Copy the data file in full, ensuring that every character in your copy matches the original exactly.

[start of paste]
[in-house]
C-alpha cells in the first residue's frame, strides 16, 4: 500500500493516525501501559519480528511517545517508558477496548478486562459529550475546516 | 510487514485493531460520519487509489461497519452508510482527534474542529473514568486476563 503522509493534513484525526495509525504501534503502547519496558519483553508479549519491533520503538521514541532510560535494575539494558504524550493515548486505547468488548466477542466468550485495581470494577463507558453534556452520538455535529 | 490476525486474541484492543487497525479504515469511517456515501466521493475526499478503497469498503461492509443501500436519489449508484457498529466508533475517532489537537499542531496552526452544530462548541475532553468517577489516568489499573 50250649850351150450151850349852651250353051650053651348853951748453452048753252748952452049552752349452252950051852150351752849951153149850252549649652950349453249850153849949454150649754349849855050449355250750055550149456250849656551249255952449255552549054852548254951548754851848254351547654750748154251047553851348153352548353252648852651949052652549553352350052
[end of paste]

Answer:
[in-house]
C-alpha cells in the first residue's frame, strides 16, 4: 500500500493516525501501559519480528511517545517508558477496548478486562459529550475546516 | 510487514485493531460520519487509489461497519452508510482527534474542529473514568486476563 503522509493534513484525526495509525504501534503502547519496558519483553508479549519491533520503538521514541532510560535494575539494558504524550493515548486505547468488548466477542466468550485495581470494577463507558453534556452520538455535529 | 490476525486474541484492543487497525479504515469511517456515501466521493475526499478503497469498503461492509443501500436519489449508484457498529466508533475517532489537537499542531496552526452544530462548541475532553468517577489516568489499573 50250649850351150450151850349852651250353051650053651348853951748453452048753252748952452049552752349452252950051852150351752849951153149850252549649652950349453249850153849949454150649754349849855050449355250750055550149456250849656551249255952449255552549054852548254951548754851848254351547654750748154251047553851348153352548353252648852651949052652549553352350052